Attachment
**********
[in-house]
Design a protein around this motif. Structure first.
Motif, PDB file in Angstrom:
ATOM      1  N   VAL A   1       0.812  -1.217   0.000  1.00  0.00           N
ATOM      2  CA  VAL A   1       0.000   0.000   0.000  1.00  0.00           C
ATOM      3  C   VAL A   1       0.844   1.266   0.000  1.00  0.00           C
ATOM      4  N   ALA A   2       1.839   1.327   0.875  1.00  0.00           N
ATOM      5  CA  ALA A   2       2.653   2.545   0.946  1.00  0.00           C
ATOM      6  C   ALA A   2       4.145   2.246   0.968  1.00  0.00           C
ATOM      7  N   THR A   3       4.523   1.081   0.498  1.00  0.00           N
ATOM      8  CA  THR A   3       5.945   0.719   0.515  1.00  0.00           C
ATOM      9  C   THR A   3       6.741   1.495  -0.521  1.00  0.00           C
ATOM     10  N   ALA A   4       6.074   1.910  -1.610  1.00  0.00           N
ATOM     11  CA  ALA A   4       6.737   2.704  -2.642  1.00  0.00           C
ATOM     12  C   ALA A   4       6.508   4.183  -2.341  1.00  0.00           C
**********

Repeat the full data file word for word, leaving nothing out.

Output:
[in-house]
Design a protein around this motif. Structure first.
Motif, PDB file in Angstrom:
ATOM      1  N   VAL A   1       0.812  -1.217   0.000  1.00  0.00           N
ATOM      2  CA  VAL A   1       0.000   0.000   0.000  1.00  0.00           C
ATOM      3  C   VAL A   1       0.844   1.266   0.000  1.00  0.00           C
ATOM      4  N   ALA A   2       1.839   1.327   0.875  1.00  0.00           N
ATOM      5  CA  ALA A   2       2.653   2.545   0.946  1.00  0.00           C
ATOM      6  C   ALA A   2       4.145   2.246   0.968  1.00  0.00           C
ATOM      7  N   THR A   3       4.523   1.081   0.498  1.00  0.00           N
ATOM      8  CA  THR A   3       5.945   0.719   0.515  1.00  0.00           C
ATOM      9  C   THR A   3       6.741   1.495  -0.521  1.00  0.00           C
ATOM     10  N   ALA A   4       6.074   1.910  -1.610  1.00  0.00           N
ATOM     11  CA  ALA A   4       6.737   2.704  -2.642  1.00  0.00           C
ATOM     12  C   ALA A   4       6.508   4.183  -2.341  1.00  0.00           C